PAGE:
When Did They Die? 85 Years Plus

Obituaries are interesting reading when read as a source of information on industries and events of earlier days. It would seem that women are the hardier of the sexes as their numbers reaching the 85-plus outnumber males.

These entries, taken at random from .Scrapbook 21 of the late Arthur Gordon, point out the information, or lack of it, that can be entered in an obituary.

Mrs. Elmira Latour Bebo, 94, was the widow of Dennis Bebo, a Civil War veteran. Born in Sorel, Canada, she came to Whitehall in 1862. She and her husband conducted a business on Canal Street between the old Gaylord Building which stood on the south corner of Clinton Avenue and Canal Street in the present roadway north of Stiles Meeting Place and owned a secondhand store on North Main streets.

Mrs. J. Sanford Potter, 88, was Miss Ann Webster who came to Whitehall from Pittsburgh. She attended Fort Edward Collegiate Institute at a time after the demise of the second Whitehall Academy on Williams Street. She lived at the Terrace on Skene Mountain where were located the Potter brother mansions.

Mrs. Ann O’Brien Walsh, 89, came from Ireland via Granville. Her first husband was John Barrett. They were the parents of Mrs. Henry Neddo. Her second husband was Peter Walsh.

Mrs. Mary Mulholland Duncan, 89, was a Whitehall girl. She was the mother of nine children. She and husband James lived near the southern end of Cliff Street.

Mrs. Celestia Mitchell DeKalb, 86, was a Whitehall girl. She attended Whitehall Academy. She became a charter member of the Whitehall Grange, the Civic Improvement League and the Rural Charity Club. She was a correspondent of The Whitehall Times under editors Franklin Fishier, Milo C. Reynolds and Edward F. Roche. Her daughter, Mary DeKalb, taught in Whitehall High School.

Joseph Brown, 94, came to Whitehall from Ireland via, Granville. He followed his father in farming, living on his own farm on the Whitehall-Poultney road for 67 years. His wife was Anna Powers.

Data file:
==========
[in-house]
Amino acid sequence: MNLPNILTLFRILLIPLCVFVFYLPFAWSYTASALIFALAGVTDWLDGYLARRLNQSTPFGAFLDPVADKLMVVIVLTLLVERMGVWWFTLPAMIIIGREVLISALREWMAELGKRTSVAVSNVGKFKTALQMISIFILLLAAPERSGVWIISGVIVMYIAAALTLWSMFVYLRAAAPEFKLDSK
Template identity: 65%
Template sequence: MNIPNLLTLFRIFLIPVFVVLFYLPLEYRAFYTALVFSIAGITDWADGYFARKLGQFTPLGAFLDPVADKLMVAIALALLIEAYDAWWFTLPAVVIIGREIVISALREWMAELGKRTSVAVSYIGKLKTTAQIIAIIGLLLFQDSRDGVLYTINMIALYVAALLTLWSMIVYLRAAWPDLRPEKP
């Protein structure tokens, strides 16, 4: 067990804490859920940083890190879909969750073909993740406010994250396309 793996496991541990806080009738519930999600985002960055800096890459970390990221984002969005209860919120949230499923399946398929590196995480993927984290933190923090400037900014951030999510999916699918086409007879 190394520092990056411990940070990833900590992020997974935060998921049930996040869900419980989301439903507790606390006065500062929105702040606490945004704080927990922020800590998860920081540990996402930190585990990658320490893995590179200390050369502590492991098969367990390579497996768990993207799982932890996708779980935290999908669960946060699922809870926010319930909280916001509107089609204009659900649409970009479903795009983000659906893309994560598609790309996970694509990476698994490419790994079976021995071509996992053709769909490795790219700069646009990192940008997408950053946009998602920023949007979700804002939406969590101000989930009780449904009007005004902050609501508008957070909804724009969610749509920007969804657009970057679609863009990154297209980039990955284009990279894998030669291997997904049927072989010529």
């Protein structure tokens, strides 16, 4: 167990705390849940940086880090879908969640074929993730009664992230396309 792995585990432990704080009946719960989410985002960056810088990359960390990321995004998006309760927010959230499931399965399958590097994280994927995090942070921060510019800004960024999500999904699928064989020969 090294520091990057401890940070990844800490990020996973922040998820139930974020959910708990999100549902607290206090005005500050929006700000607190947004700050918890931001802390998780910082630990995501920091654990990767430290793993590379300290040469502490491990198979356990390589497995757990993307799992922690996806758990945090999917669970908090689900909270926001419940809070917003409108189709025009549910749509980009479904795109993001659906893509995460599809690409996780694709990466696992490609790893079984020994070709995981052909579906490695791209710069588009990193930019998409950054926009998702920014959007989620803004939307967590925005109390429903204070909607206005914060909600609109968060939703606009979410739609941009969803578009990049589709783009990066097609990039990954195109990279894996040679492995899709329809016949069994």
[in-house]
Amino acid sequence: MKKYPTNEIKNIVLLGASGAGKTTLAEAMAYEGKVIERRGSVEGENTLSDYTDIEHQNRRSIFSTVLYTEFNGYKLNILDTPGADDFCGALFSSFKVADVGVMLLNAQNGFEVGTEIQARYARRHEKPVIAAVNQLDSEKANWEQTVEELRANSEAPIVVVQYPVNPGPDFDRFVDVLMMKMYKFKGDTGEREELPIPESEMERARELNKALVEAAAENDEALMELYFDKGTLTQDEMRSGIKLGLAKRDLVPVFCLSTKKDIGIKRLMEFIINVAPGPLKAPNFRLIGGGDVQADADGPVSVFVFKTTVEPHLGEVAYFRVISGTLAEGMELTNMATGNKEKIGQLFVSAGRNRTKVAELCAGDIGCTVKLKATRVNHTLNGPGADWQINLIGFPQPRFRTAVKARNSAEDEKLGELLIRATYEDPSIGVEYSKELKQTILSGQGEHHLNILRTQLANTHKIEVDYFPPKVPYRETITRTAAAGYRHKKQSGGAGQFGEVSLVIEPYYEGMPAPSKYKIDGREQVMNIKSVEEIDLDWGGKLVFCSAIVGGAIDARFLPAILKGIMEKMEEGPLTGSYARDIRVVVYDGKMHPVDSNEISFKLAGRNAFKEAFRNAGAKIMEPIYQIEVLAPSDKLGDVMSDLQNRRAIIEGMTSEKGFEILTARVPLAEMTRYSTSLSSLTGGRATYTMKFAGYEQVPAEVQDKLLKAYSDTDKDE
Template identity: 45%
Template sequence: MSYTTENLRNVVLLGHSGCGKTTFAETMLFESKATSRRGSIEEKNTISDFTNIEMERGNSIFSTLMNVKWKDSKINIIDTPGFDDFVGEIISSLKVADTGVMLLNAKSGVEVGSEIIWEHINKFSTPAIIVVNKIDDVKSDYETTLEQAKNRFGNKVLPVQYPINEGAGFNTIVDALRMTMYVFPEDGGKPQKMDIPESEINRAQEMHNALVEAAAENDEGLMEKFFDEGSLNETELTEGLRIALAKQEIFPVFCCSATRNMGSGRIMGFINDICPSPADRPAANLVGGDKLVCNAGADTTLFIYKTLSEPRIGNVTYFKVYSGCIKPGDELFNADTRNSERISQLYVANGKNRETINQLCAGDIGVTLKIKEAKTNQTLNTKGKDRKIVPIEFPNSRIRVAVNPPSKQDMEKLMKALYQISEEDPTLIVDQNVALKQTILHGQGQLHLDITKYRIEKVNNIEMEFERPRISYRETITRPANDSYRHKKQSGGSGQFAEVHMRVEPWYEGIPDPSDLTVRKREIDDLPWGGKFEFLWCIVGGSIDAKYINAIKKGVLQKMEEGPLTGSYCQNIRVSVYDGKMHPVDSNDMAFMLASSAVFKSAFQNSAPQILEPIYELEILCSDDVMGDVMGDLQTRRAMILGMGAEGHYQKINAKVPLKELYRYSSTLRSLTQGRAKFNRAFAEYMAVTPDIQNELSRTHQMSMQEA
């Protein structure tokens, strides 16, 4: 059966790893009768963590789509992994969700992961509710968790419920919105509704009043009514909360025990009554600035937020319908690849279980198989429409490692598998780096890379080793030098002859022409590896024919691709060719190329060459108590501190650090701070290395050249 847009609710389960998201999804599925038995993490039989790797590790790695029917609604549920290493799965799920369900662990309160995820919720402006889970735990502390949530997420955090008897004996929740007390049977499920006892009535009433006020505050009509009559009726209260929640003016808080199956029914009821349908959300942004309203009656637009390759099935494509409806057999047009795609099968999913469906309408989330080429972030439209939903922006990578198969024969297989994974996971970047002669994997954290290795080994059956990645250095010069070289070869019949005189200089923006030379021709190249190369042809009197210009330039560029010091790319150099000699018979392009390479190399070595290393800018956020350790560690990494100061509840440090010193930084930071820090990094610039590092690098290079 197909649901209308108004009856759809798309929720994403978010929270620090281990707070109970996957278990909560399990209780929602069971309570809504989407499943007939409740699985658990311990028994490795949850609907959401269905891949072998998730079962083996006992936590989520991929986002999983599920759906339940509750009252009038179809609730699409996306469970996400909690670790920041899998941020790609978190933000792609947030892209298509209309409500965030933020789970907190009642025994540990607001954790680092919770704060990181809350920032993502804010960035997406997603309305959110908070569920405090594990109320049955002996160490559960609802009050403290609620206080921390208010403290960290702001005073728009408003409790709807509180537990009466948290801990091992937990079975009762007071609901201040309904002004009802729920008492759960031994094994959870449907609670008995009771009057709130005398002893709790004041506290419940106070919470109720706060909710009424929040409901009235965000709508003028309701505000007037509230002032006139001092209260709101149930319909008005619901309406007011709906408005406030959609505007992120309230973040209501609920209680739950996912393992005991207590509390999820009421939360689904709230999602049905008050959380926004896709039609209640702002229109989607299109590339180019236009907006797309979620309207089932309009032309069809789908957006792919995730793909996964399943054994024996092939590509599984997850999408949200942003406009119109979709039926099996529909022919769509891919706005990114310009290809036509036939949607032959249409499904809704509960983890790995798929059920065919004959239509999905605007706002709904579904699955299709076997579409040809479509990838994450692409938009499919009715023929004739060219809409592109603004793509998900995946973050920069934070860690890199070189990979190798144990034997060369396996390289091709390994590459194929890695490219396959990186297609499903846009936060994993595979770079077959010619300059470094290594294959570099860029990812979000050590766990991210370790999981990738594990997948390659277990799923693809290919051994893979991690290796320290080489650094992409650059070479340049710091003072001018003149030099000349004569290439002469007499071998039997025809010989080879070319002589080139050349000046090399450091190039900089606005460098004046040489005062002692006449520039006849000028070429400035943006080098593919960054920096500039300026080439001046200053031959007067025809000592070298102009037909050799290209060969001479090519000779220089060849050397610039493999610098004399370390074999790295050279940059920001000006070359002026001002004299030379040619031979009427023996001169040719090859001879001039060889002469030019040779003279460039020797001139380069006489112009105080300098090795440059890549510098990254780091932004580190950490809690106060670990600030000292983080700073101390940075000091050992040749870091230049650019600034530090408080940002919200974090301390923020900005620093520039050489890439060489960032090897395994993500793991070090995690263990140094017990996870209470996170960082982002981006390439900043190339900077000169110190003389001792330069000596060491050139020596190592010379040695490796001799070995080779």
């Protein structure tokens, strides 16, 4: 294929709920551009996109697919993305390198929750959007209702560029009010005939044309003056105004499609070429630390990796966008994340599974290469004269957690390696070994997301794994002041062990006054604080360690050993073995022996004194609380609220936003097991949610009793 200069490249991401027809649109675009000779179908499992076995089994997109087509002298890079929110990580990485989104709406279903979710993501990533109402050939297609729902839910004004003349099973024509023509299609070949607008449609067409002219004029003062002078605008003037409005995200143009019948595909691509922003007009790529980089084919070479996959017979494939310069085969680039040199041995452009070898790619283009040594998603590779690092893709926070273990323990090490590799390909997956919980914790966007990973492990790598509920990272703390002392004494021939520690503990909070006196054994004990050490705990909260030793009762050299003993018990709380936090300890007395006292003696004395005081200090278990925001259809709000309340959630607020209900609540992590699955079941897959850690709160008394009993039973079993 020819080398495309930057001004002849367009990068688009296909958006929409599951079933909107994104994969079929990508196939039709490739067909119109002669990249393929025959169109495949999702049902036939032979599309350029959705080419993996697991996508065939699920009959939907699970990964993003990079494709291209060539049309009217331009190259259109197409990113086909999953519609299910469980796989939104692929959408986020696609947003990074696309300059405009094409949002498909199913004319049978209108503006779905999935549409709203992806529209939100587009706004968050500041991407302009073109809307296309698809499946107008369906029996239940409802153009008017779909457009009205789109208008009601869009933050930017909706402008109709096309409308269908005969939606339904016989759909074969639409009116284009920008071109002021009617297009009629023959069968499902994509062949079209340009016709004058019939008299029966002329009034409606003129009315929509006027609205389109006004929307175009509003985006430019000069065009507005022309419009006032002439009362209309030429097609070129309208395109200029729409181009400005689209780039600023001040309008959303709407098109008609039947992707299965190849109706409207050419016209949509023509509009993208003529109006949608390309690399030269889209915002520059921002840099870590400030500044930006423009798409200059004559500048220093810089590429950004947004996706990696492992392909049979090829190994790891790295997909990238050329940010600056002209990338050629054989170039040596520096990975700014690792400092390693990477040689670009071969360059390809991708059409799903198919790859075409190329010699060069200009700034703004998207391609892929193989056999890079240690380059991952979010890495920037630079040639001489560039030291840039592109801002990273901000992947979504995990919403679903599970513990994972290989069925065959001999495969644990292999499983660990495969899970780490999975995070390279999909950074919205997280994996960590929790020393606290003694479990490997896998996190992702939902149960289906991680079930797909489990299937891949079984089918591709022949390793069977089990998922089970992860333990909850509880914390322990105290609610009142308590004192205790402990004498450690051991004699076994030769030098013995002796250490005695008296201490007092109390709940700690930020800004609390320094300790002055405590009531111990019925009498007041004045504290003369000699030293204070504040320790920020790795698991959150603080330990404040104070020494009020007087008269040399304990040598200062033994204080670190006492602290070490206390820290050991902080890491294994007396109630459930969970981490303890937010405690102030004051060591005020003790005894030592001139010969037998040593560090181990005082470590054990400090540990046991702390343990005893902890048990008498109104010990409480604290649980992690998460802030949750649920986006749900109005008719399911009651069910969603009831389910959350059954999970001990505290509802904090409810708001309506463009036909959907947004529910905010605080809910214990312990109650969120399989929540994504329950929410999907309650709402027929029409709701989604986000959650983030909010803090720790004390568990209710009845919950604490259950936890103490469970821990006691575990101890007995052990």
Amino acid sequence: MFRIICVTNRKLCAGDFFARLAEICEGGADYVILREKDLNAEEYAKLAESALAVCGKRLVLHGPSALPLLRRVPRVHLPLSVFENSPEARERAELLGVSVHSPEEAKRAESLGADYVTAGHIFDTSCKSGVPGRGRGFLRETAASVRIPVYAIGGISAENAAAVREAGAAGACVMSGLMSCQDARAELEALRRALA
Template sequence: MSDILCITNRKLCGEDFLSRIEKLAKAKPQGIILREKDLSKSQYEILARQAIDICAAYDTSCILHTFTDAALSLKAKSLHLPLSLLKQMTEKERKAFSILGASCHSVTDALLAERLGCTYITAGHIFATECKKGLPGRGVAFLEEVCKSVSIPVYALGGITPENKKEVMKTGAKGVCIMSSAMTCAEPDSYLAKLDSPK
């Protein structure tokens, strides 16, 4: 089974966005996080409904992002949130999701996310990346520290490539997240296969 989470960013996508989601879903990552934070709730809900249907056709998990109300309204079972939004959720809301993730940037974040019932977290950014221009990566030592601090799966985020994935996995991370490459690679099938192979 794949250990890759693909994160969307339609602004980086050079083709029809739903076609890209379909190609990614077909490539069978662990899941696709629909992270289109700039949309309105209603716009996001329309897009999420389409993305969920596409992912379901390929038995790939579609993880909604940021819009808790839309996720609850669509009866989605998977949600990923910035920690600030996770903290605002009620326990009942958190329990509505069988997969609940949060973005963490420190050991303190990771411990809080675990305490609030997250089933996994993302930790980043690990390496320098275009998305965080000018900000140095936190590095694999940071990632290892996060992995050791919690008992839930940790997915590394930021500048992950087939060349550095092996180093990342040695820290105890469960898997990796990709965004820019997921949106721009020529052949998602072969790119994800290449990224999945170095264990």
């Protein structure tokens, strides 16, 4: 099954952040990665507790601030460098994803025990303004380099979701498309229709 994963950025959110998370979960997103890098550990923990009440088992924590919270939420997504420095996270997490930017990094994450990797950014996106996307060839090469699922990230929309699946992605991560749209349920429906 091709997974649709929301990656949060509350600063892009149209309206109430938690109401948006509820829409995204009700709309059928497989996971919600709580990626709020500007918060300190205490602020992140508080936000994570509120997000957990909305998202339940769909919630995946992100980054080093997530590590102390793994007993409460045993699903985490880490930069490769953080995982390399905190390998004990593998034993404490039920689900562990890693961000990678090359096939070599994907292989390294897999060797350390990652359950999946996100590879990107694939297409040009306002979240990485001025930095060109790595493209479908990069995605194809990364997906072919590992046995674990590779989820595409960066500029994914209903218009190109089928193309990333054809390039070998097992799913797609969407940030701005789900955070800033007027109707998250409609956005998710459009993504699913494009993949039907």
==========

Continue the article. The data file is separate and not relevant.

Mrs. Rebecca Ferguson Bates, 87, was a resident of Whitehall for 70 years. She was the widow of Charles Bates, a prominent Episcopalian worker and an operator of hotels in and around Whitehall.

Mrs. Rose Raino Hurtubis, 87, came to Whitehall from Essex, N.Y., at seven years of age. She attended the old Bell School at corner of Blount and Lamb streets.

Mrs. Mary Aiken Ryon, 86, was the widow of Franklin C. Ryon. They lived on Canal Street near his coal yard, which was north of the firehouse before that building was moved to its present site in 1933.

Mrs. Margaret Mooney McCarthy, 87, was the widow of John McCarthy. She came from St. Antonie, Canada. She was a charter member of the Whitehall Democratic club. Her son, Edward McCarthy, was one of Whitehall’s postmasters.

Francis M. Bartholomew was called the Youngest Vet as he entered service, in the Civil War at the age of 13. Born in Howard, Steuben County, he came to Dresden at six years of age. He drove on the canal in summer and did chores in the winter. He was a member of the American Legion post in Whitehall.

Mrs. Adline LaVia Doty, 88, came from Sorel, Canada, as a young woman.

Walter D. Travis, 98, was one of the oldest Masons when he died in 1934. He was a member of Phoenix Lodge, 96, F. and A.M. He was in the hardware and ice business.

Mrs. Marion Pratt, 91, died on New Year’s Day in North Whitehall.

Doris B. Morton, Town Historian – Whitehall Independent – April 24, 1980

How Not and How to Choose a Mate